Balloon sinuplasty is being investigated as a minimally invasive alternative to functional endoscopic sinus surgery, or as an adjunct to endoscopic sinus surgery. There is evidence that this technique can be performed successfully and safely in patients with chronic rhinosinusitis. However, there is still insufficient evidence on the impact of balloon sinuplasty on health outcomes. Small randomized, controlled trials do not report significant improvements on clinically relevant outcome measures. A large number of non-comparative single-arm series report high success rates, but are not sufficient to determine comparative efficacy with alternative treatments. Prospective comparative studies with larger patient populations are needed to determine the clinical outcomes for this treatment compared with standard surgical or medical approaches. This information is important to determine symptom improvement, as well as the durability of the procedure and the need for subsequent revision.
In addition, more information is needed to determine which patients and which sinuses benefit from the balloon technique as an adjunct to traditional endoscopic sinus surgery, and which patients should get standard approaches. Given the limitations of the available data, the uncertain impact on clinical outcomes, and questions about which patients might be candidates for this procedure, this approach is considered investigational.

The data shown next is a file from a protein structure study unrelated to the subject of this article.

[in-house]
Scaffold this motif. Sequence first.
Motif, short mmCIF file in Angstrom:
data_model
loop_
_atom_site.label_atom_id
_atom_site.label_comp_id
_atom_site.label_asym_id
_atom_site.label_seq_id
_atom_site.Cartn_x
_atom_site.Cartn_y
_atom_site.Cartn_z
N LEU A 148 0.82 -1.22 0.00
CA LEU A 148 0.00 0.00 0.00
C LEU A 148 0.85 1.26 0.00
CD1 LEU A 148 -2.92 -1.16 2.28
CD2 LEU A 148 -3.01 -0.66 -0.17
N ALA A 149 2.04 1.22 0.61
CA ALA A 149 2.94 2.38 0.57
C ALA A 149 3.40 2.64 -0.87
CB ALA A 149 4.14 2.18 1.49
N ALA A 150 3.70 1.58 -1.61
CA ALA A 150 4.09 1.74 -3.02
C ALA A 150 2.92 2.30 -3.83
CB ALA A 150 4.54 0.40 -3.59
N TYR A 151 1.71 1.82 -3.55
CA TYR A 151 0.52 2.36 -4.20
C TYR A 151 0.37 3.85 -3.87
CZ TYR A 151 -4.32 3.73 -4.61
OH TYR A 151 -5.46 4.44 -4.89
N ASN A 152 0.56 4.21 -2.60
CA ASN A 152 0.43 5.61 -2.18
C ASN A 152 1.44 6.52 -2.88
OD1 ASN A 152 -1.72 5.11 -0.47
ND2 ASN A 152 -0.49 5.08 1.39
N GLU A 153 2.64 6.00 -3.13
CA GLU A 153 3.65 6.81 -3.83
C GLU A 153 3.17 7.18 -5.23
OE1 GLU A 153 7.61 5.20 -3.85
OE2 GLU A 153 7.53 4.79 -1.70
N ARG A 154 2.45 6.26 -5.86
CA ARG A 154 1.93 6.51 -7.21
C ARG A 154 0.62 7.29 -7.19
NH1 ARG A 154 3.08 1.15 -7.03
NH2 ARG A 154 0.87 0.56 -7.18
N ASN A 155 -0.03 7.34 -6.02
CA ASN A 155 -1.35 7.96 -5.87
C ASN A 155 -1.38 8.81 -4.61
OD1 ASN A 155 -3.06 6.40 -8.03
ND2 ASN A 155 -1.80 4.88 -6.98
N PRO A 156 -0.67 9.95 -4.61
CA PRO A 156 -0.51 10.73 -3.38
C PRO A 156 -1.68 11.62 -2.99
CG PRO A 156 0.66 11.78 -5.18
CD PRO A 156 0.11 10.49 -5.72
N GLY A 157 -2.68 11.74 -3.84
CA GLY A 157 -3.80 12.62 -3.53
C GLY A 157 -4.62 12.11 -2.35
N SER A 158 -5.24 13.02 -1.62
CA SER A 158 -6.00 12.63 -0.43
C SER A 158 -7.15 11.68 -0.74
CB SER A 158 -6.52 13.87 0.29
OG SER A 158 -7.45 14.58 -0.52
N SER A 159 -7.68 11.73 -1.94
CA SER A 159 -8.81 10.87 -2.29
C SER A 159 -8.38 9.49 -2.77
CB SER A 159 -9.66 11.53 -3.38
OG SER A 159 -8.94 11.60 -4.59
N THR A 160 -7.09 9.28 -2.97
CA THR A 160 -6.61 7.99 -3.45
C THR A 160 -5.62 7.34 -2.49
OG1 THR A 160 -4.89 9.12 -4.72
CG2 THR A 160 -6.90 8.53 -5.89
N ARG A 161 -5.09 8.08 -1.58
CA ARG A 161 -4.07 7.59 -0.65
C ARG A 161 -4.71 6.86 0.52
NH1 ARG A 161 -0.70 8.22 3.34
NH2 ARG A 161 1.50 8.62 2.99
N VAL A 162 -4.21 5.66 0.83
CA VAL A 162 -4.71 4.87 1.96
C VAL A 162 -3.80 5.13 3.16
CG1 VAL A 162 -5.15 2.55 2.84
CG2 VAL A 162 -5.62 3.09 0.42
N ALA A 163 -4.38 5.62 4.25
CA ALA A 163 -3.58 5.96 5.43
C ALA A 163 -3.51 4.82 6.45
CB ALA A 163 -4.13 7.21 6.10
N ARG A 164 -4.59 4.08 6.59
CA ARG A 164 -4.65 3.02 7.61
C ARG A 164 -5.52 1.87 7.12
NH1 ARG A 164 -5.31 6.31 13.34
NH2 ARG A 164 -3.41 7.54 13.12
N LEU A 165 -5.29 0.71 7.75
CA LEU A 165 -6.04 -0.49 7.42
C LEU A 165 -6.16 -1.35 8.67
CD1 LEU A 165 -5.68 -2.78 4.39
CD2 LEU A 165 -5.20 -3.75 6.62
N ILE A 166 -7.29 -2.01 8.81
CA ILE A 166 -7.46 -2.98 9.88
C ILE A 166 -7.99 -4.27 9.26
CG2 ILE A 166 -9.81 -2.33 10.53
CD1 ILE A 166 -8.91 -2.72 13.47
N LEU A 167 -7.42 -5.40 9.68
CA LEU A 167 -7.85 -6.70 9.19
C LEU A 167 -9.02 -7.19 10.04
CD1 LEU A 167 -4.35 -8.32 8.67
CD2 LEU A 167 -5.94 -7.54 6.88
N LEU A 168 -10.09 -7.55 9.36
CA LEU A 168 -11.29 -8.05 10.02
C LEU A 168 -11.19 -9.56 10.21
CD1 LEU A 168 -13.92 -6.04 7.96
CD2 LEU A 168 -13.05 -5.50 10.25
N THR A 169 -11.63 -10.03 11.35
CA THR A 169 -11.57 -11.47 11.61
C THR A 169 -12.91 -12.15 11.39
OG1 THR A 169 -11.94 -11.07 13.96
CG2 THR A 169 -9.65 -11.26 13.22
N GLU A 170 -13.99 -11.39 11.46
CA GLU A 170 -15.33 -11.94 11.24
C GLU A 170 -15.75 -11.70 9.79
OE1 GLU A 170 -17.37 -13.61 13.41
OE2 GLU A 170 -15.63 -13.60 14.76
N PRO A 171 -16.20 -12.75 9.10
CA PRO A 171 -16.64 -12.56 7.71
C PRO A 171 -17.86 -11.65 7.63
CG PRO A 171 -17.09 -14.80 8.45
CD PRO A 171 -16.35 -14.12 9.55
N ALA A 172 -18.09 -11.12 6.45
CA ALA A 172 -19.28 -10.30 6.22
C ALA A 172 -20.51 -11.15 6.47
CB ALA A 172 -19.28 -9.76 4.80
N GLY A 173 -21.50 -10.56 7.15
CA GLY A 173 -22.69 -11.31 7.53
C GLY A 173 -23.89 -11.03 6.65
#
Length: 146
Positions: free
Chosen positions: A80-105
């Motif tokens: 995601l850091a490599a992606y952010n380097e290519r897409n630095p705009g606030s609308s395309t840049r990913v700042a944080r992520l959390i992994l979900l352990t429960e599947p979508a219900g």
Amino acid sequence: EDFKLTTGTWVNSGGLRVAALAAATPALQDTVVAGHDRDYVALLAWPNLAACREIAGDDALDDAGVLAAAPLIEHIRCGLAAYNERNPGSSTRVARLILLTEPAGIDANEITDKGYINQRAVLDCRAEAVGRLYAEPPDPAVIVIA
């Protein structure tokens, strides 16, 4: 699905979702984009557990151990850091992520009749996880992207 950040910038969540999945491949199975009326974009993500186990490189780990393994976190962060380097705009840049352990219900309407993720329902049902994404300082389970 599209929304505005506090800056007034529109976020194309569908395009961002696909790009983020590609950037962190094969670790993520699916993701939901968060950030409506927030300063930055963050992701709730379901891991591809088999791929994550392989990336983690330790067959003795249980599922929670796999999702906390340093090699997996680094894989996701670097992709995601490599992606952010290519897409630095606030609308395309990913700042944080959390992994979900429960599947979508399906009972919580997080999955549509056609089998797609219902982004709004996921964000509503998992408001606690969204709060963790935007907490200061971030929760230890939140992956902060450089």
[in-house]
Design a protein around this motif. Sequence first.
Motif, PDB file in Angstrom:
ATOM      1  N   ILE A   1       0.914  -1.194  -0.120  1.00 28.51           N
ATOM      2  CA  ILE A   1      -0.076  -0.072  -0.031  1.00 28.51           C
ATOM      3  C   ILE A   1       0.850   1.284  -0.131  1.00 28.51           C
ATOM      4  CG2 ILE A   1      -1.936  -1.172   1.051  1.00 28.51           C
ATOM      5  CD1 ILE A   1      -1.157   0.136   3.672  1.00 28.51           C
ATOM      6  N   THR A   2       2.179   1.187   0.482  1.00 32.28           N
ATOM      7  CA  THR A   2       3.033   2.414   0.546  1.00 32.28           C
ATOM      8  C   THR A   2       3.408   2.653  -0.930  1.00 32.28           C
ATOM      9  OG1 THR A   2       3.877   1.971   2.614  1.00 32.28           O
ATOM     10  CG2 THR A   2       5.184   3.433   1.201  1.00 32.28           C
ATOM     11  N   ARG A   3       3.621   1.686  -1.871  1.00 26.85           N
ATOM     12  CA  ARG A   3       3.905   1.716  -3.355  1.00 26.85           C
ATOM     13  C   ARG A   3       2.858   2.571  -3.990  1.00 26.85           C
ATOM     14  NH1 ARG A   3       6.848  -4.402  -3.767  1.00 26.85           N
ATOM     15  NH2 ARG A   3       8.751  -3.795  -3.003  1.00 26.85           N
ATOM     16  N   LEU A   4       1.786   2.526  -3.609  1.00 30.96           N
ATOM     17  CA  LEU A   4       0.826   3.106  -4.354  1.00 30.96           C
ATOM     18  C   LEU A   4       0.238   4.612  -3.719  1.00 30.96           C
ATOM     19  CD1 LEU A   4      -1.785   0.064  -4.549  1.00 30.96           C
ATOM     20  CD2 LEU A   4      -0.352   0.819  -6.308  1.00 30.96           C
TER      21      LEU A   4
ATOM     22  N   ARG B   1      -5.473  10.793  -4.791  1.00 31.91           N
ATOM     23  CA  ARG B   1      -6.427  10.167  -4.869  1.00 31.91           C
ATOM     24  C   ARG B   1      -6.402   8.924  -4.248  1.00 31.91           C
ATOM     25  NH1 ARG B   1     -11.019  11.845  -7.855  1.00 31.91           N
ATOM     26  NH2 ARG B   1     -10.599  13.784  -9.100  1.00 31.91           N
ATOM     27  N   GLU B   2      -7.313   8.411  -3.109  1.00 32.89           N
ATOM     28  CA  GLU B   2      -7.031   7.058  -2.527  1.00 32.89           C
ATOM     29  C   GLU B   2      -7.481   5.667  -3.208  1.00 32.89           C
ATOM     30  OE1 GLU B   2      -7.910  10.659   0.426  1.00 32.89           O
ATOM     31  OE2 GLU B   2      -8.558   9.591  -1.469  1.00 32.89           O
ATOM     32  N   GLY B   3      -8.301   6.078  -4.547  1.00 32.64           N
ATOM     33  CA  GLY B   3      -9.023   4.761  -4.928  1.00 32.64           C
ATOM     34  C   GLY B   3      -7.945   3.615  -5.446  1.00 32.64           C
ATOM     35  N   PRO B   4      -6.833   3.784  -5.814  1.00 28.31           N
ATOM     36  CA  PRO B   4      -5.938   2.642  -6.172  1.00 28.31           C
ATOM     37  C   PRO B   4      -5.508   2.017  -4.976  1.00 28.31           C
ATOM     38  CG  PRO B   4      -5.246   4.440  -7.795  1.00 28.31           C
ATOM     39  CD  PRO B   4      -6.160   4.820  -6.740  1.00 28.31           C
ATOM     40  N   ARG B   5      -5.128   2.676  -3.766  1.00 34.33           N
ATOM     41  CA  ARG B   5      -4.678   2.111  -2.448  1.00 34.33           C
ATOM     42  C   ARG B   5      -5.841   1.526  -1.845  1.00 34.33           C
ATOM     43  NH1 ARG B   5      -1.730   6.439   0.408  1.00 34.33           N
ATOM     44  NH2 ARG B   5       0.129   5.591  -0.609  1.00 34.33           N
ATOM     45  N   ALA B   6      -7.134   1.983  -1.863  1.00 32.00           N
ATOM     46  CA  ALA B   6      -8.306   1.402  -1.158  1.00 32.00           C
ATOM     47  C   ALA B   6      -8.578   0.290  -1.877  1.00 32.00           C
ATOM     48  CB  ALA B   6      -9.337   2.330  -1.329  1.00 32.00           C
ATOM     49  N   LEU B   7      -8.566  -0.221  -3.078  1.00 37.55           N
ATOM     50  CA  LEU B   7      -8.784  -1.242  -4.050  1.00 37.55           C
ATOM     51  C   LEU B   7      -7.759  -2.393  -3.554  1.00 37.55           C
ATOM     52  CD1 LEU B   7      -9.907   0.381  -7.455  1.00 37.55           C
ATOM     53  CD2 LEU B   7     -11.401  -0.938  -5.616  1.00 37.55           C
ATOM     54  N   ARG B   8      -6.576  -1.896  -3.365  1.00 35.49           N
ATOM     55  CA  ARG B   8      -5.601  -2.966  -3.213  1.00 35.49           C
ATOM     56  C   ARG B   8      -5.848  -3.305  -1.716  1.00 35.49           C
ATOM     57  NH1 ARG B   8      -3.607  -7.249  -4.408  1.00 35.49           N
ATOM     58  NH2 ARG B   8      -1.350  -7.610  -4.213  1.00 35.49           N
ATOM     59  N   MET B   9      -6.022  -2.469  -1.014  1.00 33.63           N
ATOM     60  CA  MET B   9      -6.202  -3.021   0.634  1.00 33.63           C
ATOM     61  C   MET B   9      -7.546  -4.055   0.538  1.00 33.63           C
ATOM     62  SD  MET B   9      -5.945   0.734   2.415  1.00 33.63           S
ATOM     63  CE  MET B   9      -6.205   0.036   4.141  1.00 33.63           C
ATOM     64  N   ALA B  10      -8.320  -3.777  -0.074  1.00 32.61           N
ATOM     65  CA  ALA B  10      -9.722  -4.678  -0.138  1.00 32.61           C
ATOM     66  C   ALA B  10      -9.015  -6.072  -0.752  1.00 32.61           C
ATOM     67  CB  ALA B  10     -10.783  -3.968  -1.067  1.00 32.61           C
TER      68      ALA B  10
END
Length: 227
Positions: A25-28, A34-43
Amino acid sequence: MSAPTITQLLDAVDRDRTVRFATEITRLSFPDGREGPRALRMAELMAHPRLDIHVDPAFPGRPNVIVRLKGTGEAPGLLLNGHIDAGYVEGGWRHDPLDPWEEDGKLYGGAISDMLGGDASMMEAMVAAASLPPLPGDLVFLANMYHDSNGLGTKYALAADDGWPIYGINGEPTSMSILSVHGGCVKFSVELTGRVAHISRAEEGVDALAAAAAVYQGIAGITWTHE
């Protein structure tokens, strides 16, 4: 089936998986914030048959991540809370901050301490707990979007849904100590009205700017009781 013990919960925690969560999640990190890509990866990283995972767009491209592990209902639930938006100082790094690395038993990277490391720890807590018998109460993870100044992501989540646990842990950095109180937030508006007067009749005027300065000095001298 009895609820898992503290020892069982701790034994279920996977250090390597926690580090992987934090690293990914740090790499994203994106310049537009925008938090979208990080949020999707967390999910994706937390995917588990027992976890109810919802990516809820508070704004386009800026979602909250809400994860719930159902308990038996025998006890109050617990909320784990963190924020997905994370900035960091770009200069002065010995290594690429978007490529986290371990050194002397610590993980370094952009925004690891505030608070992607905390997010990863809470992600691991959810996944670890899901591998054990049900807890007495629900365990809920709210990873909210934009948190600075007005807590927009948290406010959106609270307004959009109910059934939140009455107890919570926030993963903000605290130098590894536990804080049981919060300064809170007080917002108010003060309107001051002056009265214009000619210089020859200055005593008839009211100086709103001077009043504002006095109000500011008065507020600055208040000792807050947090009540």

Practice Guidelines and Position Statements
National Institute for Health and Clinical Evidence (UK): “Current evidence on the short-term efficacy of balloon catheter dilation of paranasal sinus ostia for chronic sinusitis is adequate and raises no major safety concerns.” (21) Therefore, this procedure can be used provided that normal arrangements are in place for clinical governance, consent and audit
In June 2010, the American Academy of Otolaryngology– Head and Neck Surgery offered a statement on balloon ostial dilation. They stated that “sinus ostial dilation is an appropriate therapeutic option for selected patient with sinusitis. This approach may be used alone or in conjunction with other instruments…” (22)
The American Rhinologic Society has offered a statement that endoscopic balloon catheter sinus dilation technology is acceptable and safe in the management of sinus disease. (23)
Medicare National Coverage
No national coverage determination
- Plaza G, Eisenberg G, Montojo J et al. Balloon dilation of the frontal recess: a randomized clinical trial. Ann. Otol. Rhinol. Laryngol. 2011; 120(8):511-8.